Non-Sequel Sequels – Buyer Beware?
Gaming loves sequels. This is more of a rule in the current console climate than ever before. This is because when you throw down $30 million on making a new game, it’s much easier to justify something like Halo 4 than it is to justify a brand new project like Remember Me – Halo 4 has an audience, a fan club and millions of people waiting to buy it; Remember Me has an interesting concept and a cool trailer I watched a few months ago.
Sequels are definitely here to stay. It doesn’t take a genius to work out that next year there will be a new Fifa, a new Assassin’s Creed and a new Call of Duty – because there is a new version of these games every year, and they always go down well. It probably would take a genius to name a few companys that were willing to take a risk on a new franchise next year – the equivalent of Naughty Dog launching The Last of Us this year.
So when the power of that additional number following the title is so strong – it makes you wonder why people would deliberately avoid it when promoting a new game. And this year is showing this more than any other in recent history.
Let’s take a quick look at some of the popular games which have come out recently or will come out soon which follow the trend:
- Gears of War: Judgement
- Tomb Raider
- Metal Gear Rising: Revengeance
- God of War: Ascension
- Bioshock: Infinite
All of these games have come out over the last few months or will come out shortly (Bioshock: Infinite), and despite coming from well known game franchises they have all neglected to pick up the number from the previous instalment.
So, is there a concrete reason why Gears of War: Judgement isn’t called Gears of War 4 (or Gears of Four? Actually I think I can see why they didn’t use that one) or Metal Gear Rising: Revengeance isn’t just Metal Gear Solid 5?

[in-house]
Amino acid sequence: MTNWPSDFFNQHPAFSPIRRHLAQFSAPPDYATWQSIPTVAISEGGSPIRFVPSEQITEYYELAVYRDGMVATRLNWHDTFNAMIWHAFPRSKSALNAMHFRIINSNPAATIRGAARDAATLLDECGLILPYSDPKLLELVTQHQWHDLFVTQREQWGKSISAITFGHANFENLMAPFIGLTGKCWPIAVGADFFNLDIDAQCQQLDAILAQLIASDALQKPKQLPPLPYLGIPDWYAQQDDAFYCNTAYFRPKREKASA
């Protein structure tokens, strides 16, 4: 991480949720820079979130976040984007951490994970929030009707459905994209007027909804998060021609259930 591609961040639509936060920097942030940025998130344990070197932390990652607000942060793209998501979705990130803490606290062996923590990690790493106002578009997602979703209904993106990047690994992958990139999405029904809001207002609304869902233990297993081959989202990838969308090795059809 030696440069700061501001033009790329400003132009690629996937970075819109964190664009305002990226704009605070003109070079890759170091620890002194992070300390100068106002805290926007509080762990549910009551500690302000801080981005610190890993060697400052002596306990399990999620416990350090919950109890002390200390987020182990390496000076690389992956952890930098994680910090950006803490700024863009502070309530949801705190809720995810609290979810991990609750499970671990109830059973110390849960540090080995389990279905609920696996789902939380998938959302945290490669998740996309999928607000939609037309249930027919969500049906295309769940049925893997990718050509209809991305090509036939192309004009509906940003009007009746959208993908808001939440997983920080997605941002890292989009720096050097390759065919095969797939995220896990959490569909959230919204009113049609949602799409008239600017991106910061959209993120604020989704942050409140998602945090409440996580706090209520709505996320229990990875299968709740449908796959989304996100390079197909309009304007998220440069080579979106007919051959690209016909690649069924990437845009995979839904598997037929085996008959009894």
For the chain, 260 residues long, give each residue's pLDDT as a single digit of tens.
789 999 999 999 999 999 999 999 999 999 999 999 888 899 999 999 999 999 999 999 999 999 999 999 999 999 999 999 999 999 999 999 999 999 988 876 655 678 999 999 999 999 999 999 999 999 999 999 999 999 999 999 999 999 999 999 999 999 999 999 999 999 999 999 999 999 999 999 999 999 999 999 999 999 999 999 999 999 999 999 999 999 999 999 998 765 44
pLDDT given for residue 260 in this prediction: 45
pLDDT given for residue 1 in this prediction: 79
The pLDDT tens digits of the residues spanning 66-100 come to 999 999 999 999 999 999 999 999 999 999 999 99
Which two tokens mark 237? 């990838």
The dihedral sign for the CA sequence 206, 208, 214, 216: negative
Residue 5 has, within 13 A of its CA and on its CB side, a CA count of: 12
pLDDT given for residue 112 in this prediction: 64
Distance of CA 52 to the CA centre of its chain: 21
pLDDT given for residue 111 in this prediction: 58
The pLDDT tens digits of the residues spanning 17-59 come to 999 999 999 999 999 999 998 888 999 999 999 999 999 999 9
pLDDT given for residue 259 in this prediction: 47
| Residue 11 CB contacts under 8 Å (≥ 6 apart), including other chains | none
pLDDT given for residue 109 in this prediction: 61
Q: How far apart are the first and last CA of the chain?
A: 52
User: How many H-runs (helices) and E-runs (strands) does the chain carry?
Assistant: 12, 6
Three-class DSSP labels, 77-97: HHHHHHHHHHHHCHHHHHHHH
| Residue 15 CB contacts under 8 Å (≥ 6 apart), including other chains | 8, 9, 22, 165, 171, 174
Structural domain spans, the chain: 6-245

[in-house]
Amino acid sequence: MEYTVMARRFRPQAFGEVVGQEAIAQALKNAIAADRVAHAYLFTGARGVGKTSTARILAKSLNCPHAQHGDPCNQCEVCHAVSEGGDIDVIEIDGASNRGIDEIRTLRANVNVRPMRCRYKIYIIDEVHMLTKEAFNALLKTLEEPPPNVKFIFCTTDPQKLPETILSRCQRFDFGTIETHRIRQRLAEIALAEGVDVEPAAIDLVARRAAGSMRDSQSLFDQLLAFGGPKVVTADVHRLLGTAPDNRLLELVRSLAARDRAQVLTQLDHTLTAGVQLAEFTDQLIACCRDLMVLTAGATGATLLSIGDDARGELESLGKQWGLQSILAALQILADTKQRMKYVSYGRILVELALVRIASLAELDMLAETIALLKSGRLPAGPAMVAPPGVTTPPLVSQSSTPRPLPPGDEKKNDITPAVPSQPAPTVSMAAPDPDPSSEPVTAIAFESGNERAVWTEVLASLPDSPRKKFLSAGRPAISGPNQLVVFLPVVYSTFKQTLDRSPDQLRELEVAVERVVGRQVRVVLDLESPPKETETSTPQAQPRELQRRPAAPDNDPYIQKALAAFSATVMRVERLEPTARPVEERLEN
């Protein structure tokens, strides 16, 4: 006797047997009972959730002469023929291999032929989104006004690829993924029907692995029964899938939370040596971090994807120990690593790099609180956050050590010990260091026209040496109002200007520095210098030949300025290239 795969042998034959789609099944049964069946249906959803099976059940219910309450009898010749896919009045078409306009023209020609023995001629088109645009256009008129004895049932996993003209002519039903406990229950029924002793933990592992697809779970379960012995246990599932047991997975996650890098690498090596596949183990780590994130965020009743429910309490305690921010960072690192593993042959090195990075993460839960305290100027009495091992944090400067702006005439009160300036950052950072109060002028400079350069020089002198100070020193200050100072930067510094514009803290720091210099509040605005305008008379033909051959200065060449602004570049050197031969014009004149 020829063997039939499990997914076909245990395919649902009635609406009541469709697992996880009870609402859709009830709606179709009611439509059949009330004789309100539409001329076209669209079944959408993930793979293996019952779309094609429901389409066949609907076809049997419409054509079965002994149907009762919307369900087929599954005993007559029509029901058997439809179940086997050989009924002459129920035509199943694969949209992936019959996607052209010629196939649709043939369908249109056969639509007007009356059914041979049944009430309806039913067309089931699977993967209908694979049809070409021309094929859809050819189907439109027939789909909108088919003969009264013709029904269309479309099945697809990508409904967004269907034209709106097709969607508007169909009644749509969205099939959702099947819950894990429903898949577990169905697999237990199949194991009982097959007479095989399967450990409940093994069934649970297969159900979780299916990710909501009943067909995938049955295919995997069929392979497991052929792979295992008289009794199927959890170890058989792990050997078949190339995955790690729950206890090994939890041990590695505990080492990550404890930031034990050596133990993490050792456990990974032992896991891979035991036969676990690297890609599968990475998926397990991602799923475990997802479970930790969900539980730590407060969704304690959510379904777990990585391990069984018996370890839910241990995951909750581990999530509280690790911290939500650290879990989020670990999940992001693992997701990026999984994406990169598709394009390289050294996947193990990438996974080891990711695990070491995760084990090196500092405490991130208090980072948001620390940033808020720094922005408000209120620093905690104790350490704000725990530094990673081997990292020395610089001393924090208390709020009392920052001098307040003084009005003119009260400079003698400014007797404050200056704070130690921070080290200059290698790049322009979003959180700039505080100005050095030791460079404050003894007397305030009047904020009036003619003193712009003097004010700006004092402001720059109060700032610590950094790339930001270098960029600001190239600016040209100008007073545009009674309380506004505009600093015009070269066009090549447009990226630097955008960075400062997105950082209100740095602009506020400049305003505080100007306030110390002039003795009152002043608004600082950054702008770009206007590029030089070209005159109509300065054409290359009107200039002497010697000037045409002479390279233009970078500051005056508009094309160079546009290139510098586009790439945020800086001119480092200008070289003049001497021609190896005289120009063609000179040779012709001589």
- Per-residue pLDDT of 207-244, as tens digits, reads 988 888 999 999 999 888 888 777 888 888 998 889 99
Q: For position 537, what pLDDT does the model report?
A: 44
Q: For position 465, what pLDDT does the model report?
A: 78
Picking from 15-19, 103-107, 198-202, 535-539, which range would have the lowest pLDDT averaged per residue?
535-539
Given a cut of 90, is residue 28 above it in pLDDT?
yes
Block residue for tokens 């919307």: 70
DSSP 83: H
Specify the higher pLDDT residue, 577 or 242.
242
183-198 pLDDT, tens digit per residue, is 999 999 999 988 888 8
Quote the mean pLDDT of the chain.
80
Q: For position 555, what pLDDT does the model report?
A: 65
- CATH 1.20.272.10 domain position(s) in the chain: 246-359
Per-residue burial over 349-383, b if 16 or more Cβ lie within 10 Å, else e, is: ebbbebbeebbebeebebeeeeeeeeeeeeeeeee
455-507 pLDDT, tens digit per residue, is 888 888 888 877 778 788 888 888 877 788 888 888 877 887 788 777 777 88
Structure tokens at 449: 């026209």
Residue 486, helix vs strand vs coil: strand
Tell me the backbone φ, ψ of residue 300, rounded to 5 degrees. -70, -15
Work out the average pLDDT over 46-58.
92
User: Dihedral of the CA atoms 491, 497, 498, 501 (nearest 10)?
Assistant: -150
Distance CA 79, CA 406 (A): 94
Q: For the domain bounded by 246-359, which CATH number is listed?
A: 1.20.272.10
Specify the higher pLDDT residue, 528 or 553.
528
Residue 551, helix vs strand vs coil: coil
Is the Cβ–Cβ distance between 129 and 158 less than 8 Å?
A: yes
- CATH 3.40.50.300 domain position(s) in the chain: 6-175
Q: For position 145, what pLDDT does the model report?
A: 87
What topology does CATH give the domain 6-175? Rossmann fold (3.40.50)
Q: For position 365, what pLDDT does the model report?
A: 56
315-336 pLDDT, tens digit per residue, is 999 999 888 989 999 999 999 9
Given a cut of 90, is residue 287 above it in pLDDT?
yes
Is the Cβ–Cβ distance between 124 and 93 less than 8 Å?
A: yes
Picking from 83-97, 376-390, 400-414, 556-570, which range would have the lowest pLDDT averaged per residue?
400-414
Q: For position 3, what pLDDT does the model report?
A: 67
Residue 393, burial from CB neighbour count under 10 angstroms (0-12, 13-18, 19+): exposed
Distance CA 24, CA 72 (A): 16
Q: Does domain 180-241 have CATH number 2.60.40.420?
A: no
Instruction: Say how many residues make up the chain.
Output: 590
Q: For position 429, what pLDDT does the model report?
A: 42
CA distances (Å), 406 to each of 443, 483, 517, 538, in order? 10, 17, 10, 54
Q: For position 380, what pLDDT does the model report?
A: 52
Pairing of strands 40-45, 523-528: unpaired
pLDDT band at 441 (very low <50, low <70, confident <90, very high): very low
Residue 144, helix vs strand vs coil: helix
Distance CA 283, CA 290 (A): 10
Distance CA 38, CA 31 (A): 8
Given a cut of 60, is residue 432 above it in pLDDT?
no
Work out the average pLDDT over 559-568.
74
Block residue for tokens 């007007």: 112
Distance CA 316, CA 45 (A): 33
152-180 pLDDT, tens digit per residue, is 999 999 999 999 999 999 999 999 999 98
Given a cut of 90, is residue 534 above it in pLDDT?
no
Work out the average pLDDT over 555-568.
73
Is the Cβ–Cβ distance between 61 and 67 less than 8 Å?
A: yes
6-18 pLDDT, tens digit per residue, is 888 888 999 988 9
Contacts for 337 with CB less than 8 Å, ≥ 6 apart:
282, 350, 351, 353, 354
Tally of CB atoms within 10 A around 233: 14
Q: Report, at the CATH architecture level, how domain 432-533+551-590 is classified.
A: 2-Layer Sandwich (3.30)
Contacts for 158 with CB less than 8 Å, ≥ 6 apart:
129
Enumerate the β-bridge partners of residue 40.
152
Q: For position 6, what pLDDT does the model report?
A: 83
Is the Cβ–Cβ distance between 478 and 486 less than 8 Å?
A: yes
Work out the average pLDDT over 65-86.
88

Well generally people ditch the number for one of two reasons:
- Because it it’s not a “sequel” to the last game, but takes place in a similar universe. Call of Duty: Black Ops isn’t a sequel to Call of Duty: Modern Warfare 2.
- Because it’s a “reboot” or reimagining of the series and so they want to start fresh. Deus Ex: Human Revolution came 11 years after Deus Ex and is set a few decades before the events of the original game.
Now those two are fairly solid reasons. And looking at the list above you can mark down the games quite easily as reason 1 or 2.
For discussions sake I’ll do it quickly:
- Gears of War: Judgement - 1
- Tomb Raider - 2
- Metal Gear Rising: Revengeance - 1
- God of War: Ascension - 1
- Simcity - 2
- Bioshock: Infinite – 2
So if the reason is a good one, what are we even talking about here? And why did you say “Buyer Beware”?
Well that’s a good question Timmy. The reason we are even discussing this at all is because reason number 1, is getting to the point where it isn’t a “real” reason at all. It’s a trap.
Games like Gears of War: Judgement and God of War: Ascension use the fact that it’s not a direct sequel to pass off a game which might not be up to the same standard you are used to from similar games in the series (Call of Duty and Assassin’s Creed practically invented this). Your internal dialogue goes something like “well it’s a different name, it’s a different game and I should judge it differently” the game creators dialogue goes “well I didn’t slap a 4 on it, so it would be unreasonable for them to expect Gears of War 3 quality from this game”.
Now that’s not to say Gears of War: Judgement and God of War: Ascension are bad games, or don’t live up to their franchises (I’ll let their mediocre review scores say that) – but it’s more of a warning to potential fan boys out there about expecting a certain level of entertainment from your favourite franchises. Sure, you’ll probably get your Call of Duty hit from whatever the newest multiplayer build is every year – but nobody really expects them to have the complete overhaul and ingenuity that was Call of Duty 4: Modern Warfare.
So buyer beware, if you aren’t buying a sequel then you really are not buying a sequel. You are buying a game which might look the same, feel the same but wind up substantially less than what you are expecting.
General rule – if it’s not a reboot then they probably would have used a number if they wanted to convince you that the game was going to be great.
That’s not to say that games which are reboots are always good (like Tomb Raider), they can also be fraught with issues and disappointments (like Simcity) but that’s on a more case-by-case basis.